[Python-Dev] collections module

Josiah Carlson jcarlson at uci.edu
Fri Jan 9 16:42:59 EST 2004

> Maybe; it probably doesn't matter; serious threaded apps pass maxsize to
> Queue, generally equal to the # of worker threads (or a small constant
> multiple thereof), and the bounded queue does double-duty then as a
> flow-control throttle too; list.pop(0) isn't really slow when len(list) is
> that small.

It really all depends on how fast the producers and consumers are.  In
the cases where I've used Queue.Queue, I didn't have small Queues.

> > and a single conditional,
> Sorry, I don't know what that might mean.

oops, I misspelled it, threading.Condition()

A lock object with three additional methods: wait(), notify(), and

When you have the lock, you can wait() for a notification, notify() an
arbitrary waiter, or notifyAll() waiters.

Terribly nice.

> > the multiple mutexes in the current Queue module are ugly as
> > hell, and very difficult to understand.
> self.mutex is dead easy to understand.  esema and fsema would be clearer if
> renamed to not_empty and not_full (respectively), and clearer still (but
> slower) if they were changed to threading.Conditions (which didn't exist at
> the time Queue was written).  Regardless, there are 3 of them for good
> reasons, although that may be beyond the understanding you've reached so
> far:

I figured it out when I decided it wasn't fast enough for my use.  The
below is quite fast for most reasonable numbers of threads - it does
wake all threads up that were waiting, but I find it considerably clearer,
and can be done with a single synchronization primitive.

from threading import Condition
#assuming fifo exists and is fast

class CQueue:
    def __init__(self, maxsize):
        if maxsize > 0:
            self._m = maxsize
            #big enough, but Max would be better
            self._m = 2**64
        self._q = fifo()
        self._l = Condition()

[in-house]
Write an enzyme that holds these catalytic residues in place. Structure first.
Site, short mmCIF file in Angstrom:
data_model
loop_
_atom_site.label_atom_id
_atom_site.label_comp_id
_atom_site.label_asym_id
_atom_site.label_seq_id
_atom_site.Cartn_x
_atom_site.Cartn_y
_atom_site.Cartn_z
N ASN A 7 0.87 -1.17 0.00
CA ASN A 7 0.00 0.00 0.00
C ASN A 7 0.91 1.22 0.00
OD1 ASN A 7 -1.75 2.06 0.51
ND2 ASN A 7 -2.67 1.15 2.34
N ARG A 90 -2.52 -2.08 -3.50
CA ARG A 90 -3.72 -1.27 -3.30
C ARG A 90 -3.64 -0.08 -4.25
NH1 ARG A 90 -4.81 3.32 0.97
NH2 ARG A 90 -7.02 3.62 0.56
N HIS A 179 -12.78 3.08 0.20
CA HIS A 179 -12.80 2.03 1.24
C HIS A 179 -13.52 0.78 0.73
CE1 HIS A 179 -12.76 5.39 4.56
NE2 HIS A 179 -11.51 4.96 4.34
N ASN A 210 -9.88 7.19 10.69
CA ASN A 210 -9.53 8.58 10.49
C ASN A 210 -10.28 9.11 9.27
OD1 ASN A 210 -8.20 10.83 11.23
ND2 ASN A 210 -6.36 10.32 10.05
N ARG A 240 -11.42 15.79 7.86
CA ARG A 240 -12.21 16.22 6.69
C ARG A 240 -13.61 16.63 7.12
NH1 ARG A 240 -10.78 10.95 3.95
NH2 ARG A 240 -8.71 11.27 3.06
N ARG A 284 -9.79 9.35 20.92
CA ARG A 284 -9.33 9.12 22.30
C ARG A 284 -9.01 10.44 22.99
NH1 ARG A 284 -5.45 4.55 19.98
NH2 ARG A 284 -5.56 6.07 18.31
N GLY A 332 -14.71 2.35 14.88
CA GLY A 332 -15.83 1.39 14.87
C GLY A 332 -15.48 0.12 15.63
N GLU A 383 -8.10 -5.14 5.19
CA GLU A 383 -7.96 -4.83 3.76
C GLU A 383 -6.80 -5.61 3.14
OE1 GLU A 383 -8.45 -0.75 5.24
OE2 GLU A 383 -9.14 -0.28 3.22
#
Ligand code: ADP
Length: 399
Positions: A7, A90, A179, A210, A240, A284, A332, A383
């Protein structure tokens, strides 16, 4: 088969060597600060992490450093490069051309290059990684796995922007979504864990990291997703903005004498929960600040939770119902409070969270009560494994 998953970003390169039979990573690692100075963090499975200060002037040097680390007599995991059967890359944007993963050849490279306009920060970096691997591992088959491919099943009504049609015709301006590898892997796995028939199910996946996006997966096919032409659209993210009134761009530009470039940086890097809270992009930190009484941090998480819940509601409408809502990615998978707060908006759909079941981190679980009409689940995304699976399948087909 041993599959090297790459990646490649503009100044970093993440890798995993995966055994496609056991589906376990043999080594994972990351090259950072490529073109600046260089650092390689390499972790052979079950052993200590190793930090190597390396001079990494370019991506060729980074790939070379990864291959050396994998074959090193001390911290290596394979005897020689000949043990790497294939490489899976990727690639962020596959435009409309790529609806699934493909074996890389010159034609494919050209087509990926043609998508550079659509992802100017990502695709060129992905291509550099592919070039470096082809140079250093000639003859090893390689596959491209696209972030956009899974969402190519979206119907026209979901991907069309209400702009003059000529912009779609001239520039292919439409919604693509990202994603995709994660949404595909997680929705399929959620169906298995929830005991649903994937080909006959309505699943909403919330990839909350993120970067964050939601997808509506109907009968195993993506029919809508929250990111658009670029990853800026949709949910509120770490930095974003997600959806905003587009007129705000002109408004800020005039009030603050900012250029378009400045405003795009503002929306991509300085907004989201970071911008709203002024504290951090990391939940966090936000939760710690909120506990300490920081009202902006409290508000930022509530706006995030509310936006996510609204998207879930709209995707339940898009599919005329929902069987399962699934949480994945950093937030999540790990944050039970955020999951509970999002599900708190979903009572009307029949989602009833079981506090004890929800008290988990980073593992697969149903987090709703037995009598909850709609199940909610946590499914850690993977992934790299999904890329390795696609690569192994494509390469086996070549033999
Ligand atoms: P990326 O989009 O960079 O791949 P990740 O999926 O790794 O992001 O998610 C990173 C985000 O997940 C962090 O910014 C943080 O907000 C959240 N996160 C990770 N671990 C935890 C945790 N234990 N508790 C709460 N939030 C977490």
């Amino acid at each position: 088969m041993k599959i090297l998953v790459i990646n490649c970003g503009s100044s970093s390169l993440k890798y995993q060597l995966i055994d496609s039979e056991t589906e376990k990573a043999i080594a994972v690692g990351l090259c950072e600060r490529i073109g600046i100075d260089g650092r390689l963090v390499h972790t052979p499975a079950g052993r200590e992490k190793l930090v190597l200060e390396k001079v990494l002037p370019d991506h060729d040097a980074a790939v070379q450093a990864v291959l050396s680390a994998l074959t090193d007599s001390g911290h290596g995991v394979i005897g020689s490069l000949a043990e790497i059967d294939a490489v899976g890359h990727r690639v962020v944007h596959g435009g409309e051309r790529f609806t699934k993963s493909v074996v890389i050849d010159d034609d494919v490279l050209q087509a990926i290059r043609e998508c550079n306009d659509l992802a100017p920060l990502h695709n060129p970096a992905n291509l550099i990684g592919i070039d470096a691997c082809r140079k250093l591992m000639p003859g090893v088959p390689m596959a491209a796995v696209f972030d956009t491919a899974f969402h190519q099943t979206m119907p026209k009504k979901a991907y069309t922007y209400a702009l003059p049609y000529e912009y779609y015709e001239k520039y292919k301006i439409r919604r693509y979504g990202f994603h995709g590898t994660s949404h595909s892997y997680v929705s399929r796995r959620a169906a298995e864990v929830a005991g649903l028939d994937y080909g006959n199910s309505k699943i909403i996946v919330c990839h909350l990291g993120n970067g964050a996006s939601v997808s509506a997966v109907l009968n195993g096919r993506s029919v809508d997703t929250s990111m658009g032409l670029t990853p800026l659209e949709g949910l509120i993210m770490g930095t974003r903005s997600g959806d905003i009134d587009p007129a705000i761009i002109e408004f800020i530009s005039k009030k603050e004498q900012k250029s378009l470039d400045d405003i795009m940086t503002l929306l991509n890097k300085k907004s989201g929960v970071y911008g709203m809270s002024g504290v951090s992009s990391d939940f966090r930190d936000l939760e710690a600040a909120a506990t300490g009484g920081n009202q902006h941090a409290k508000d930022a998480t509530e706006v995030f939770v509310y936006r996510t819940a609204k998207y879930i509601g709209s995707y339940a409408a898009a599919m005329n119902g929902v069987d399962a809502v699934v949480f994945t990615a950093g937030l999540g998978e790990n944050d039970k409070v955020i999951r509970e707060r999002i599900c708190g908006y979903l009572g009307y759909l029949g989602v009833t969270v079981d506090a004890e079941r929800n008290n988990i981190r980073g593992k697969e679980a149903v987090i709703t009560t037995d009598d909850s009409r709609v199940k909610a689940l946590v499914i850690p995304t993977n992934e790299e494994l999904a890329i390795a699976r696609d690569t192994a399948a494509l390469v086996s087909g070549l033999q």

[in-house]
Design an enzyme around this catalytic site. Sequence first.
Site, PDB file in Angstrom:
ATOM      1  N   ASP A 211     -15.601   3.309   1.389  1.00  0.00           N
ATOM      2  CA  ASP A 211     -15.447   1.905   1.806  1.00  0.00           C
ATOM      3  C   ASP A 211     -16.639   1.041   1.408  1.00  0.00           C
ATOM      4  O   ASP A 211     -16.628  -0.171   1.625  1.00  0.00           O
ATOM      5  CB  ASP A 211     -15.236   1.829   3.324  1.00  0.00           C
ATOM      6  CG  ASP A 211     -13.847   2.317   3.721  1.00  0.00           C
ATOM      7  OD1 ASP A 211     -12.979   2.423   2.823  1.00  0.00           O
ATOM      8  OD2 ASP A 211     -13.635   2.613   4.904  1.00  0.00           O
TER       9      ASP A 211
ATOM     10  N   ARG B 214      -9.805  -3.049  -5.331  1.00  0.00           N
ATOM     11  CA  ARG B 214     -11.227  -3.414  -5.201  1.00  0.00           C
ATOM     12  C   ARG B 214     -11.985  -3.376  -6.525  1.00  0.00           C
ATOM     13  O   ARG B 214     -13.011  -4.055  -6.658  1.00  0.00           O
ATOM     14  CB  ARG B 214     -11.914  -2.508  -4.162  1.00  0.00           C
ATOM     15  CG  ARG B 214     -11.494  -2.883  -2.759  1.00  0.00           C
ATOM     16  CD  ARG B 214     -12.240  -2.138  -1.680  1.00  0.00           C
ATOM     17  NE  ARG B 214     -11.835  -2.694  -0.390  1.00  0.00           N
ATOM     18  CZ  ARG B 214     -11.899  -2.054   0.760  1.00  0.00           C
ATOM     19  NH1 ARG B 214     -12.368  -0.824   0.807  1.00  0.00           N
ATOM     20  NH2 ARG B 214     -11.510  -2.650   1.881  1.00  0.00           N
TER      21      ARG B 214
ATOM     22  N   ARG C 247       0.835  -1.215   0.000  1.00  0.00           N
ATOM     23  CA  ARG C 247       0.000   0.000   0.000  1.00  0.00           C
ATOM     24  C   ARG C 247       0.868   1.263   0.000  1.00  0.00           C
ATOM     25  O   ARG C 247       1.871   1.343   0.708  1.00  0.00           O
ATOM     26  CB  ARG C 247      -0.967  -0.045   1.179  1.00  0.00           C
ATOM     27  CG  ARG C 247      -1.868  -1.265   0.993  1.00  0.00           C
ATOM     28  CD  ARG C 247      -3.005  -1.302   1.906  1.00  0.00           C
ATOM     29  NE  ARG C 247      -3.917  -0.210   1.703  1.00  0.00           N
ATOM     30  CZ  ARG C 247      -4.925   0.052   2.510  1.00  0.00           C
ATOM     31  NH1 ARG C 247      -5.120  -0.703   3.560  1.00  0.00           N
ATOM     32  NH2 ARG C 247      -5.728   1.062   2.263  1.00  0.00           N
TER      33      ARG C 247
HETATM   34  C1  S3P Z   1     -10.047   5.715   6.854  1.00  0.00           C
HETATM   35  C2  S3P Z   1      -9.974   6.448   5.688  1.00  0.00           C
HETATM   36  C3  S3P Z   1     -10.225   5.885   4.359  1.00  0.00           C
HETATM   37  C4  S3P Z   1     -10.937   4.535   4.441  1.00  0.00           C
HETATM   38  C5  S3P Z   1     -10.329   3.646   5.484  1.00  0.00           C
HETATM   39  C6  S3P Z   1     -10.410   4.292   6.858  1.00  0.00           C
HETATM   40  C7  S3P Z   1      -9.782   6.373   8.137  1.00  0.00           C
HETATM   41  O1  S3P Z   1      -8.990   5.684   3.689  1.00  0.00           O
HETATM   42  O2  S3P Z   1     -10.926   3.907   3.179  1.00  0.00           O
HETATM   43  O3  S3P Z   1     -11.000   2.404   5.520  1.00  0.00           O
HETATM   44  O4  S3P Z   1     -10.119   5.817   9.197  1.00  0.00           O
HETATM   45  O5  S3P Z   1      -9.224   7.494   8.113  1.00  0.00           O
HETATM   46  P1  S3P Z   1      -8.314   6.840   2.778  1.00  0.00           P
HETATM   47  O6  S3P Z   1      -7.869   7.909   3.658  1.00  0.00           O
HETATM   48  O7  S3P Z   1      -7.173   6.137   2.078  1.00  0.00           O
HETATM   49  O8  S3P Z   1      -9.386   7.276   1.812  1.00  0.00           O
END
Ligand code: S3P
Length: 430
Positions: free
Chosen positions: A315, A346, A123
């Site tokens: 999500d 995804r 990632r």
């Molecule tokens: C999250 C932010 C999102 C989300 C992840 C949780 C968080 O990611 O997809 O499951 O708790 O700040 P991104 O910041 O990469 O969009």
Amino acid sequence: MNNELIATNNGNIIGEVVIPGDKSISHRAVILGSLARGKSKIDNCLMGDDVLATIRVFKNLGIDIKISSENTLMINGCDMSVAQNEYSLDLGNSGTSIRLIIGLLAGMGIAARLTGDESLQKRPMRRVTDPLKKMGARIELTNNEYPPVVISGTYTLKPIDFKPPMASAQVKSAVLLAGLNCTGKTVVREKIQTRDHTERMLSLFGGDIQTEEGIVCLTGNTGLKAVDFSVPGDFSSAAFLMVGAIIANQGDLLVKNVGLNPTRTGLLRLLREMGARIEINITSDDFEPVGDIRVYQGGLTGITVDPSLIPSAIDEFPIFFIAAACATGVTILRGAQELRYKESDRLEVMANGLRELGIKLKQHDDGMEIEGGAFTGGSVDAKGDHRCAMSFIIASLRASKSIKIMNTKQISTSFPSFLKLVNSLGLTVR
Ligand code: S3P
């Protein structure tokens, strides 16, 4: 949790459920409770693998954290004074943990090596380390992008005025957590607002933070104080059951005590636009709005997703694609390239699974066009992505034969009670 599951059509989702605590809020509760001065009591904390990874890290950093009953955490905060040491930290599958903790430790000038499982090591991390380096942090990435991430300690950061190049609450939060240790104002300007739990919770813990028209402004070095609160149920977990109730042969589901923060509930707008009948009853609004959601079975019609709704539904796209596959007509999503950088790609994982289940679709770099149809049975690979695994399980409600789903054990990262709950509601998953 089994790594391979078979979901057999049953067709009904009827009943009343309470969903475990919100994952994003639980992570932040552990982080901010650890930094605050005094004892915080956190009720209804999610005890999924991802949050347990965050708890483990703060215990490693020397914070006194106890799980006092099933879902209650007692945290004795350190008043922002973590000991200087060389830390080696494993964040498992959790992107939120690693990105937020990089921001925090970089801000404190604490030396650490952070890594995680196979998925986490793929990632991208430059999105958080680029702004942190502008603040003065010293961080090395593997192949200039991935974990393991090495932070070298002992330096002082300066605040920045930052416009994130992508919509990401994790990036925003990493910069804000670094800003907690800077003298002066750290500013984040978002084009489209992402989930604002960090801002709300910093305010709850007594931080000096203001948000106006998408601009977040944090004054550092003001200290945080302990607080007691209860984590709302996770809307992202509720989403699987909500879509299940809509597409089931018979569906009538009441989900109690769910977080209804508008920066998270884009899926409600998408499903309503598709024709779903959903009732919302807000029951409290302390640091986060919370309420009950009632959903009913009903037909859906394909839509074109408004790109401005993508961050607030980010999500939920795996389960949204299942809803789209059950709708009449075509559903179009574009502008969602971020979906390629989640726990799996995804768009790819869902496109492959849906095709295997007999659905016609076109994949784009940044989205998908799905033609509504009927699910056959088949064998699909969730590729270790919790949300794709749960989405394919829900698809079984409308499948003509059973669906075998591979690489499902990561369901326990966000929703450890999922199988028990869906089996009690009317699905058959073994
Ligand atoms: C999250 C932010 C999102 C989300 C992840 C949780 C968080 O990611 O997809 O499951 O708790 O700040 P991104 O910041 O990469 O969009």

def qsize(self):
        l = len(self._q)
        return l
    def empty(self):
        return self.qsize() == 0
    def full(self):
        return self.qsize() == self._m
    def put(self, item, block=1):
            while block and len(self._q) == self._m:
            if len(self._q) < self._m:
                raise Full
    def put_nowait(self, item):
        self.put(item, 0)
    def get(self, block=1):
            while block and len(self._q) == 0:
            if len(self._q) > 0:
                a = self._q.get()
                return a
            raise Empty
    def get_nowait(self):
        return self.get(0)

> > ...
> > It all really depends on the overhead of the underlying mutexes or
> > conditionals, which can be tested.
> I still don't know what "conditionals" means to you (you're counting "if"
> statements, perhaps?), but mucking with mutexes isn't cheap.  You don't want
> to bother with locks unless thread-safety is an important issue.

I agree completely, most locking mechanisms are slow as hell.  There are
some tricks that can be done with critical sections (or its equivalent
on multiple platforms); an article was written about multithreaded
locking performance on IBM at least a year ago.  I wonder if any of
those performance-tuning semantics can be used with the underlying locks
in Python.

 - Josiah

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